The role of a family magistrate
Sam is based in Bedfordshire. He talks to us about his role as a family magistrate.
What is a family magistrate?
A magistrate in a family court is one that helps resolve disputes that affect children. When disputes do come to the courts, the cases are dealt with by magistrates specially trained to deal with issues affecting families.
What are the key qualities needed to be a family court magistrate?
Well in my view you need to be committed to serving your community, you need to have a sense of fairness and understanding, and a little bit of empathy too. It’s really important in family court understanding that everybody’s going through a very difficult process. You need to have a general awareness of some of the issues in wider society that drive some of the issues that come into the family.
You need to be comfortable reading and understanding quite a lot of that written material prior to those court sittings. Ultimately you need to be able to weigh up various bits of information, feel comfortable making decisions off the back of that information and being able to justify those decisions.
Who can become a family court magistrate?
There are some exceptions to that. Social workers, for example, who cover the same area as the family court’s jurisdiction clearly could be a conflict of interest so that would rule some people out. But pretty much anybody can become a magistrate, family court or otherwise. The qualifying criteria are all on the government website.
What interested you in becoming a family court magistrate
So I’ve been interested in volunteering as a magistrate for quite a few years then we moved as a family up to where we live now here in Bedfordshire, and given that we’d settled down there it seemed like a good time and a good moment to volunteer firstly. I’ve always been particularly interested in the welfare of children, particularly those from difficult backgrounds or those who can do with the help and support of magistrates and other agencies. I was able to take advantage of the change in the rules recently which allows magistrates to be recruited directly into the family court. I’m a magistrate who has been recruited directly into the family court and that is the only thing I do.
When I was thinking about what sort of a magistrate I wanted to become, I always thought the family court was the route I was hoping to go down.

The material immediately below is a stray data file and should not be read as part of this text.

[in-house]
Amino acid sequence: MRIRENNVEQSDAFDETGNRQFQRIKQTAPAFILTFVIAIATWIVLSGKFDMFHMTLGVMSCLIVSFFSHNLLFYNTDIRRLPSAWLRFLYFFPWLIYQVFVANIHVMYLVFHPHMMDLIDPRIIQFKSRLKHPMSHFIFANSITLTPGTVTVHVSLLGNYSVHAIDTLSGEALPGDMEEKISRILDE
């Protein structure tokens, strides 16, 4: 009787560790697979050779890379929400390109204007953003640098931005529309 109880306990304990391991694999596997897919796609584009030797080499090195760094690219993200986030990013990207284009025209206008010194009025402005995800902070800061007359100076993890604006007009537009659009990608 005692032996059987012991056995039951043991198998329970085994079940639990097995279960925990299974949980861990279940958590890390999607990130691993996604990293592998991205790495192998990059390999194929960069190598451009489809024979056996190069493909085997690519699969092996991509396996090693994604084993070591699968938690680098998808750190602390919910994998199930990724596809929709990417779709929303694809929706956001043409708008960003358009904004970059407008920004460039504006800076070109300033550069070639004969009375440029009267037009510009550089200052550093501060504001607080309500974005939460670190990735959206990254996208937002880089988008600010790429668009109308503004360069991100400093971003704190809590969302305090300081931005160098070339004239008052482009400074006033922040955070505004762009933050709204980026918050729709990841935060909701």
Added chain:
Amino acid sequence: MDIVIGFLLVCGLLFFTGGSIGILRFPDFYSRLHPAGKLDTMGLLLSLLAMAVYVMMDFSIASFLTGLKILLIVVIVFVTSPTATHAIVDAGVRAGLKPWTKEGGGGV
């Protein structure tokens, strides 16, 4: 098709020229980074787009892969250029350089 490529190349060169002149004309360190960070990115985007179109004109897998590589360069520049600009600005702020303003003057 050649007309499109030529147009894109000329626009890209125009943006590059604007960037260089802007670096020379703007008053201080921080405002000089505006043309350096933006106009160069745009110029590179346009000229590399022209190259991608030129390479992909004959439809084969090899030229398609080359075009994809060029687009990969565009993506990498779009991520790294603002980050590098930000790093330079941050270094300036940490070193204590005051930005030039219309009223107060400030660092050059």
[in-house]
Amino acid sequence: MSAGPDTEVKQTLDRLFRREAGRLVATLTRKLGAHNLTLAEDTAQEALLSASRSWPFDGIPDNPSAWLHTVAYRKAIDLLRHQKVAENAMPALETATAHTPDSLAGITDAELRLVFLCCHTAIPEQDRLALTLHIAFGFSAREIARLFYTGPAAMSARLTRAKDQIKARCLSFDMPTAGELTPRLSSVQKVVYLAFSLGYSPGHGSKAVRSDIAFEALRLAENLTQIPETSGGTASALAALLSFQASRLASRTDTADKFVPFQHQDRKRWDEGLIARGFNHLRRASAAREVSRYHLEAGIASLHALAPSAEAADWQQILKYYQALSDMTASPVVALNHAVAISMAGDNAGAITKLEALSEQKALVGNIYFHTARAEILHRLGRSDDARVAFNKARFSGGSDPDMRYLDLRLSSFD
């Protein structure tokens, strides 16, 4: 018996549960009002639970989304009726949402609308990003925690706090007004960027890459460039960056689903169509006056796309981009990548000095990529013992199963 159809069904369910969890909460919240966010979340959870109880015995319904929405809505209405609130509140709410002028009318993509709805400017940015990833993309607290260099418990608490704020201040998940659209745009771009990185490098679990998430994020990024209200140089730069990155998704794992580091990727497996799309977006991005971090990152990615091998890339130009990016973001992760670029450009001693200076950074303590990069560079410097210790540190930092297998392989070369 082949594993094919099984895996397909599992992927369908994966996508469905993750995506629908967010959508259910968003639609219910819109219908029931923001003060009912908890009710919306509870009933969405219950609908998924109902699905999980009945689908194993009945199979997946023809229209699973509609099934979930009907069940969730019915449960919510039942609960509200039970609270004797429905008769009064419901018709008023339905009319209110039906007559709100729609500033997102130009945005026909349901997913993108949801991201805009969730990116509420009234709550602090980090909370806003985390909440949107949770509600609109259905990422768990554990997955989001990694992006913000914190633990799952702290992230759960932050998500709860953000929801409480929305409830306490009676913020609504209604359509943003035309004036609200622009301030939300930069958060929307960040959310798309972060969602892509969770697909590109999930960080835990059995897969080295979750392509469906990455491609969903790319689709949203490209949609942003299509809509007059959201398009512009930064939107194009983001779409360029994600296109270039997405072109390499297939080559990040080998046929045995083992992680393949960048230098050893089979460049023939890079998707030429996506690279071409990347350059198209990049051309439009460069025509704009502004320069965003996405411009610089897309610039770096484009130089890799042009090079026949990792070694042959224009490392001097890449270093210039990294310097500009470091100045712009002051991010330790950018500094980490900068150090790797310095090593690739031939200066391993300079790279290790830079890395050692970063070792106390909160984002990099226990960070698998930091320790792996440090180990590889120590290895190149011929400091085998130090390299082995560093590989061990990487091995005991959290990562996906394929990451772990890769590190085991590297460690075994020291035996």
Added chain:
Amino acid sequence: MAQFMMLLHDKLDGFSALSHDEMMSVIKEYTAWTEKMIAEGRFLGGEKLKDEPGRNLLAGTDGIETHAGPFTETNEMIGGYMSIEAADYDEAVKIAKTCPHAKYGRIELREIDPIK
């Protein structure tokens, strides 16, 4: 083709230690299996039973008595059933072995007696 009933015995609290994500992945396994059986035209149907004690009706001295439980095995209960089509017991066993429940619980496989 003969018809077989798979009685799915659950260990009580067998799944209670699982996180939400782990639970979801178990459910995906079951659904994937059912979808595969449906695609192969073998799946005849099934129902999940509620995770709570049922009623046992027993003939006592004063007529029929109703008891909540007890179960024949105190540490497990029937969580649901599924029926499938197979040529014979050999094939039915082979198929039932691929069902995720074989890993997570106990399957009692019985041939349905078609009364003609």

What is the commitment required for a family magistrate?
So, the commitment is 13 days per year to sit in court carrying out the functions of a magistrate. In reality, 13 is your minimum that you will always be encouraged. There will always be the opportunity to take on more sittings for people who feel comfortable doing that, and particularly in the family court you need to be ready and be prepared for reading, understanding, making judgments on and taking into account a lot of written material. Because the family court is not the same as the criminal court. The family court is a process by which children and parents might appear in court two, three, four sometimes more times and each of those hearings generates paperwork that needs to be taken into account at the following hearing. So, you need to be prepared if you’re going to be a family court magistrate for a lot of reading and background information that needs to be taken into account to help you make the right decision.
Is being a magistrate a paid role?
No, it’s purely voluntary. The role is done for the benefit of the community. There are expenses available if you accrue expenses as part of your duties, but no, it’s not a paid job.
Do you need any qualifications to do the role?
No, you don’t need any formal qualifications. I think more important is the qualities, the commitment and the mindset that you’re bringing to the role and that’s what the application process looks to get out of applicants.
For more information about becoming a magistrate, please visit the magistrate’s recruitment site.